Copy the /protos Directory to the Correct Location 

Modify the bundler configuration to copy the /protos directory from the library to the same level as the build directory:

const CopyPlugin = require("copy-webpack-plugin");

module.exports = {
  ... other config ...
  plugins: [
    new CopyPlugin({
      patterns: [
        {
          from: "./node_modules/@opentelemetry/otlp-grpc-exporter-base/build/protos/**/*",
          to: "./protos"
        }
      ],
    }),
  ],
};
const { copy } = require('esbuild-plugin-copy')

require('esbuild').build({
  ... other config ...
  plugins: [
    copy({
      resolveFrom: 'cwd',
      assets: {
        from: ['./node_modules/@opentelemetry/otlp-grpc-exporter-base/build/protos/**/*'],
        to: ['./protos'],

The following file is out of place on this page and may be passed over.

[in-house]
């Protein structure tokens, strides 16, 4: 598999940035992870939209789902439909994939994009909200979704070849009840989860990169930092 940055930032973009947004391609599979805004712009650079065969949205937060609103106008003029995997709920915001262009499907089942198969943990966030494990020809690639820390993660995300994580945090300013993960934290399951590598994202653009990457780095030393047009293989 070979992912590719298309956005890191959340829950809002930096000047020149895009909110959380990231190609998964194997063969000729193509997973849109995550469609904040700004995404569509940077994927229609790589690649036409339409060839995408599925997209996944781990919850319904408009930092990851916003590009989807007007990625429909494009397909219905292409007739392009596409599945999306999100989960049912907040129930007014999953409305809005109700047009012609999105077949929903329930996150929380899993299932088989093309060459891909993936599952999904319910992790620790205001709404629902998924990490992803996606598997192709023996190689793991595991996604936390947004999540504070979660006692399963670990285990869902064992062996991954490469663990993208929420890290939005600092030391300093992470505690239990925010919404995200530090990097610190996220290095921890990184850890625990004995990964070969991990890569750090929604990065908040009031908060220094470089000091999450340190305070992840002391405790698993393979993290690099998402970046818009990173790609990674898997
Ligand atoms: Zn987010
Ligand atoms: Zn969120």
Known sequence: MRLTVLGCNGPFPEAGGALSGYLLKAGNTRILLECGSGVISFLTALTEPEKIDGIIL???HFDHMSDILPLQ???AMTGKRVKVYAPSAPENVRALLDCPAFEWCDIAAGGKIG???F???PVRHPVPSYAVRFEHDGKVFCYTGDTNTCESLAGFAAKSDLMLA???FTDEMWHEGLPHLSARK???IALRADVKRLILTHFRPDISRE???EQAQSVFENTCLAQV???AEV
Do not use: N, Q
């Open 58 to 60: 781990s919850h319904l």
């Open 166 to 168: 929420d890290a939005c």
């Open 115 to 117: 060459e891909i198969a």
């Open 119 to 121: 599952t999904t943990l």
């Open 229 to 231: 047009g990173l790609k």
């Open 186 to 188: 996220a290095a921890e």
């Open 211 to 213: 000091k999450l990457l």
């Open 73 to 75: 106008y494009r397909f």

keepStructure: true
      },
    }),
  ],
}).catch(() => process.exit(1));

TypeScript configuration currently cannot specify which extra files to copy for your build. In this case, use a postbuild npm script to copy the proto files to the correct location.

Use the HTTP/JSON Trace Exporter With a Collector 

In order to send HTTP/JSON data to Honeycomb, configure an OpenTelemetry Collector. Then, configure the Node app with @opentelemetry/exporter-trace-otlp-http to send data to the Collector, which will send it to Honeycomb.

// tracing.js
const { NodeSDK } = require("@opentelemetry/sdk-node");
const {
  getNodeAutoInstrumentations,
} = require("@opentelemetry/auto-instrumentations-node");
const {
  OTLPTraceExporter,
} = require("@opentelemetry/exporter-trace-otlp-http");

const traceExporter = new OTLPTraceExporter({
  // optional - url default value is http://localhost:4318/v1/traces
  url: "<your-collector-endpoint>:4318/v1/traces",
});
let sdk = new NodeSDK({
  traceExporter,
  instrumentations: [getNodeAutoInstrumentations()],
});

sdk.start();